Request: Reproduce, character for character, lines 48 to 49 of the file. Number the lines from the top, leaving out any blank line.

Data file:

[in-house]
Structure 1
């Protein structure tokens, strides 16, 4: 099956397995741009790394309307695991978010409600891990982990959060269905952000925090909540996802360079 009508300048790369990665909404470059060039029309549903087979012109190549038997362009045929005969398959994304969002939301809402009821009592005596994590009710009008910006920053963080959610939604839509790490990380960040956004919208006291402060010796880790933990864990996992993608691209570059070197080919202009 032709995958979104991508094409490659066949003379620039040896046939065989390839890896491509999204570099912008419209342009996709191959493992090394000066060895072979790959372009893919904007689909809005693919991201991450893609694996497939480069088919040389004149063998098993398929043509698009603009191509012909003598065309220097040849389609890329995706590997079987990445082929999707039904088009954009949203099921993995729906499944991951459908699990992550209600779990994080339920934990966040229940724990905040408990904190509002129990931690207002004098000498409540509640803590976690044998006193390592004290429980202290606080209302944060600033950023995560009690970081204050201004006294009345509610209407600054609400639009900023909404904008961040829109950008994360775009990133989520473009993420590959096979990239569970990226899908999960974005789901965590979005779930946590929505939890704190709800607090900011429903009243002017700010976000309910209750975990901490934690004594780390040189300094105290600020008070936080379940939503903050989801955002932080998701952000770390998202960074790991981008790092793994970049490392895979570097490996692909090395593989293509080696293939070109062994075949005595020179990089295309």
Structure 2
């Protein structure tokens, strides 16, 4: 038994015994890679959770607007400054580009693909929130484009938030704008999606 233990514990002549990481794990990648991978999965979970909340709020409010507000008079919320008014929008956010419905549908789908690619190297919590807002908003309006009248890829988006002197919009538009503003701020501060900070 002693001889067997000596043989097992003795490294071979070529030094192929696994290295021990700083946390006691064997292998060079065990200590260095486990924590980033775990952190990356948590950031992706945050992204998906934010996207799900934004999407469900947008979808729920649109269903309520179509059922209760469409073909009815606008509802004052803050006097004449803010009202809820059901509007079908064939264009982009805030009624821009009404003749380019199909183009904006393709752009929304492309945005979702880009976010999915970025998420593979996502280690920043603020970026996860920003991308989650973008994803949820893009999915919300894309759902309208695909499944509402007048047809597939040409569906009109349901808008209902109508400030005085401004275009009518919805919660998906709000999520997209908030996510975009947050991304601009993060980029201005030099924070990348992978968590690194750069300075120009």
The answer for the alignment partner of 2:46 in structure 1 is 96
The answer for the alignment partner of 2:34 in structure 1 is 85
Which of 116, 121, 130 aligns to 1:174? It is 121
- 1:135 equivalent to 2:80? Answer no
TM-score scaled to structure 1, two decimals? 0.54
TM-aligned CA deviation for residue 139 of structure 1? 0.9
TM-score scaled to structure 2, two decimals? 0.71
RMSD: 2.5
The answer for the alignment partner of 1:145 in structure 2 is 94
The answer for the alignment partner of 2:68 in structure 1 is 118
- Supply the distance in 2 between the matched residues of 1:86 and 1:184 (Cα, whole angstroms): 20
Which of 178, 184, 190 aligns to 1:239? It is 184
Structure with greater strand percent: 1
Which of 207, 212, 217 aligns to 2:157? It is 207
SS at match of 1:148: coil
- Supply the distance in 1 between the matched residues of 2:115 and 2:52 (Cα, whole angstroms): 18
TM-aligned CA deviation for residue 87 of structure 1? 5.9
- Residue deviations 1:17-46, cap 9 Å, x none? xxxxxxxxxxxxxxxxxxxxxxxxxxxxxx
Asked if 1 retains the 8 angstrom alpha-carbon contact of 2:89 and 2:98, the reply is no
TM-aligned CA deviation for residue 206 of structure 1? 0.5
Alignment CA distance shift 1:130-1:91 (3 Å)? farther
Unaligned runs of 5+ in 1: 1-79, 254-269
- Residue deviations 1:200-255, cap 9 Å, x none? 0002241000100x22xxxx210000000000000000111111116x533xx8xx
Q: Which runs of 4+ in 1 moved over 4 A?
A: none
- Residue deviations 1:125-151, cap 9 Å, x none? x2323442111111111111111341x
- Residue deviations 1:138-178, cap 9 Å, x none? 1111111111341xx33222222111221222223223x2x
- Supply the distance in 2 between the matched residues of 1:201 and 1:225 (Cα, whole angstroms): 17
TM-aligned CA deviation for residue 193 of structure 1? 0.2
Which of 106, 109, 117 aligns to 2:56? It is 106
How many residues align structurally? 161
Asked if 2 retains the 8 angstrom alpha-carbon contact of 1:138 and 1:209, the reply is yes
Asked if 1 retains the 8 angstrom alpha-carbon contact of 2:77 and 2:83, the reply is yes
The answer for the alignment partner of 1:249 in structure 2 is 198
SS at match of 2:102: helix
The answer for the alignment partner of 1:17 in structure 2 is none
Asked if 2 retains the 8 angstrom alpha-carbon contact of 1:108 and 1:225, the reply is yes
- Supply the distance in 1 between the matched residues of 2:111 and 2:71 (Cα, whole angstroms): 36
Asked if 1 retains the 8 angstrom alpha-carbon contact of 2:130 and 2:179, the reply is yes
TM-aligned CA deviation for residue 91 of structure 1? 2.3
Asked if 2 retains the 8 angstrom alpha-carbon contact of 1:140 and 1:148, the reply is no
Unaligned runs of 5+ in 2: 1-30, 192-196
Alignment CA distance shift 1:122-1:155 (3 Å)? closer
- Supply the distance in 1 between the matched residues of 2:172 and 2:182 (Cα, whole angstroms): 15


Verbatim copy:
Alignment CA distance shift 1:122-1:155 (3 Å)? closer
- Supply the distance in 1 between the matched residues of 2:172 and 2:182 (Cα, whole angstroms): 15